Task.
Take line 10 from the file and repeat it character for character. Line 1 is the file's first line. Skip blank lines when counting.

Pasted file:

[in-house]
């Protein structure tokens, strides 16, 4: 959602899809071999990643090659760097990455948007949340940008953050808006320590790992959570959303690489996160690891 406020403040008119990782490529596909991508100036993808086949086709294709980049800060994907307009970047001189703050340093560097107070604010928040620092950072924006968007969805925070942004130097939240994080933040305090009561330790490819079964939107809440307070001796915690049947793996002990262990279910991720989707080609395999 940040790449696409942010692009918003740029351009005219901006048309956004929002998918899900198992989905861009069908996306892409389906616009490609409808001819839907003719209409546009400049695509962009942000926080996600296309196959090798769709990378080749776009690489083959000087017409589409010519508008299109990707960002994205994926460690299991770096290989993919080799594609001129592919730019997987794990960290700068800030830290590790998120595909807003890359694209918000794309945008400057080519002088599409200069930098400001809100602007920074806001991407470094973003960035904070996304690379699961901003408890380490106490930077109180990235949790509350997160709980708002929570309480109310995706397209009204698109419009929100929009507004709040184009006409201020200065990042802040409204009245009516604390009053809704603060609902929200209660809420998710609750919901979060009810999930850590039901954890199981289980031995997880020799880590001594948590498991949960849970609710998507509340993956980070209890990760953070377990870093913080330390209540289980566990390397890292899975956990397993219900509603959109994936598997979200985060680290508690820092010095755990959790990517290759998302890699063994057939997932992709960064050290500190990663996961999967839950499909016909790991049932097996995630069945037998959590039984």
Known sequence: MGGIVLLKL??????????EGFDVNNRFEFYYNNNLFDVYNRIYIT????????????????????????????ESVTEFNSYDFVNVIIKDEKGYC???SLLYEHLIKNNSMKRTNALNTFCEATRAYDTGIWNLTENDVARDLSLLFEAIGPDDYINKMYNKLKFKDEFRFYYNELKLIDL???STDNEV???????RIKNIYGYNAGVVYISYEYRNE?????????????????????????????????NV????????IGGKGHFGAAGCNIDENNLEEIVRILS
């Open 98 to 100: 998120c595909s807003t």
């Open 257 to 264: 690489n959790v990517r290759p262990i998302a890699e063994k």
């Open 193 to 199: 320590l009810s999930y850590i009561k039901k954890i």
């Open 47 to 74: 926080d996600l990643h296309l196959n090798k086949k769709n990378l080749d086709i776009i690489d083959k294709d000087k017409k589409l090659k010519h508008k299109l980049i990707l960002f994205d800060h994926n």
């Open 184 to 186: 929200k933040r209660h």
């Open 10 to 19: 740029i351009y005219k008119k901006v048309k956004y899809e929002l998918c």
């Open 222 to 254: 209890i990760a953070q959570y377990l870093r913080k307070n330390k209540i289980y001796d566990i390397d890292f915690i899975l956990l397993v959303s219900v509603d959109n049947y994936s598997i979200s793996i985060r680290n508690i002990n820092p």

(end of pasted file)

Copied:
């Open 222 to 254: 209890i990760a953070q959570y377990l870093r913080k307070n330390k209540i289980y001796d566990i390397d890292f915690i899975l956990l397993v959303s219900v509603d959109n049947y994936s598997i979200s793996i985060r680290n508690i002990n820092p």